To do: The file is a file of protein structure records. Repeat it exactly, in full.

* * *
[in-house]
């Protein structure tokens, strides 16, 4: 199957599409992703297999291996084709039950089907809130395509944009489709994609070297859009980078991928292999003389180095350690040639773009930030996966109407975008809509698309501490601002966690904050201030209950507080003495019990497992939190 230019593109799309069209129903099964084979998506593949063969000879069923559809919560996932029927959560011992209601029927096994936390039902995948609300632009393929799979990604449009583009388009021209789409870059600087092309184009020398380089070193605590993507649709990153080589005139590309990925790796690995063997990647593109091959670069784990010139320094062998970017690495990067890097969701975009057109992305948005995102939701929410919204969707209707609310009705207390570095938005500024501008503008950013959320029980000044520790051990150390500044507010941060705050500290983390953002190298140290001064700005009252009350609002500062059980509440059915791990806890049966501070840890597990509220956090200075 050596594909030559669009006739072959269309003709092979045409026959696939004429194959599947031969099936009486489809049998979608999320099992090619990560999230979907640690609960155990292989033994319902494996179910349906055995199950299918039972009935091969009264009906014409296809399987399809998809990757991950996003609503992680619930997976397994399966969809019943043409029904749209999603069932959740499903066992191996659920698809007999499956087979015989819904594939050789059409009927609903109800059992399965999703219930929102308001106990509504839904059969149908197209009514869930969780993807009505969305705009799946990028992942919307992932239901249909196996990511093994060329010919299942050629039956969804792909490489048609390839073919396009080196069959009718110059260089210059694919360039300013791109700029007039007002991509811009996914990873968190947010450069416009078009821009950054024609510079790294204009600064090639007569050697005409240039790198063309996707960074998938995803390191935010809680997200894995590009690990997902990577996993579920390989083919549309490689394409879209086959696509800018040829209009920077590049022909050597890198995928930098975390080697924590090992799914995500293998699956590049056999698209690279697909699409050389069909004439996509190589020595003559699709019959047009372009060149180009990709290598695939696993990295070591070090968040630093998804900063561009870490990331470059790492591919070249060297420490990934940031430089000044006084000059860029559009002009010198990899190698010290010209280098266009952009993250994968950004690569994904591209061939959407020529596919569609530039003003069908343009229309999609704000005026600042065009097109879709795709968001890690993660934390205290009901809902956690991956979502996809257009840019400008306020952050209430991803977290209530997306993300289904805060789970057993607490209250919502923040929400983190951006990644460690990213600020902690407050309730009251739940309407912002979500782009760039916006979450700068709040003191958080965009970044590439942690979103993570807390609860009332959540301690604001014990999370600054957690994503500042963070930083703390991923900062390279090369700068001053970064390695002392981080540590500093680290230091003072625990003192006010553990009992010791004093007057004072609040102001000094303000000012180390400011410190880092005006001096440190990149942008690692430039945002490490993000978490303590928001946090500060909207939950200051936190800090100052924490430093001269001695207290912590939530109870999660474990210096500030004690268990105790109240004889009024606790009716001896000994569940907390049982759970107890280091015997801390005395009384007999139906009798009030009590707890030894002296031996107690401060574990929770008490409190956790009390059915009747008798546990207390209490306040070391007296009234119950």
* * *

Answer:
[in-house]
């Protein structure tokens, strides 16, 4: 199957599409992703297999291996084709039950089907809130395509944009489709994609070297859009980078991928292999003389180095350690040639773009930030996966109407975008809509698309501490601002966690904050201030209950507080003495019990497992939190 230019593109799309069209129903099964084979998506593949063969000879069923559809919560996932029927959560011992209601029927096994936390039902995948609300632009393929799979990604449009583009388009021209789409870059600087092309184009020398380089070193605590993507649709990153080589005139590309990925790796690995063997990647593109091959670069784990010139320094062998970017690495990067890097969701975009057109992305948005995102939701929410919204969707209707609310009705207390570095938005500024501008503008950013959320029980000044520790051990150390500044507010941060705050500290983390953002190298140290001064700005009252009350609002500062059980509440059915791990806890049966501070840890597990509220956090200075 050596594909030559669009006739072959269309003709092979045409026959696939004429194959599947031969099936009486489809049998979608999320099992090619990560999230979907640690609960155990292989033994319902494996179910349906055995199950299918039972009935091969009264009906014409296809399987399809998809990757991950996003609503992680619930997976397994399966969809019943043409029904749209999603069932959740499903066992191996659920698809007999499956087979015989819904594939050789059409009927609903109800059992399965999703219930929102308001106990509504839904059969149908197209009514869930969780993807009505969305705009799946990028992942919307992932239901249909196996990511093994060329010919299942050629039956969804792909490489048609390839073919396009080196069959009718110059260089210059694919360039300013791109700029007039007002991509811009996914990873968190947010450069416009078009821009950054024609510079790294204009600064090639007569050697005409240039790198063309996707960074998938995803390191935010809680997200894995590009690990997902990577996993579920390989083919549309490689394409879209086959696509800018040829209009920077590049022909050597890198995928930098975390080697924590090992799914995500293998699956590049056999698209690279697909699409050389069909004439996509190589020595003559699709019959047009372009060149180009990709290598695939696993990295070591070090968040630093998804900063561009870490990331470059790492591919070249060297420490990934940031430089000044006084000059860029559009002009010198990899190698010290010209280098266009952009993250994968950004690569994904591209061939959407020529596919569609530039003003069908343009229309999609704000005026600042065009097109879709795709968001890690993660934390205290009901809902956690991956979502996809257009840019400008306020952050209430991803977290209530997306993300289904805060789970057993607490209250919502923040929400983190951006990644460690990213600020902690407050309730009251739940309407912002979500782009760039916006979450700068709040003191958080965009970044590439942690979103993570807390609860009332959540301690604001014990999370600054957690994503500042963070930083703390991923900062390279090369700068001053970064390695002392981080540590500093680290230091003072625990003192006010553990009992010791004093007057004072609040102001000094303000000012180390400011410190880092005006001096440190990149942008690692430039945002490490993000978490303590928001946090500060909207939950200051936190800090100052924490430093001269001695207290912590939530109870999660474990210096500030004690268990105790109240004889009024606790009716001896000994569940907390049982759970107890280091015997801390005395009384007999139906009798009030009590707890030894002296031996107690401060574990929770008490409190956790009390059915009747008798546990207390209490306040070391007296009234119950």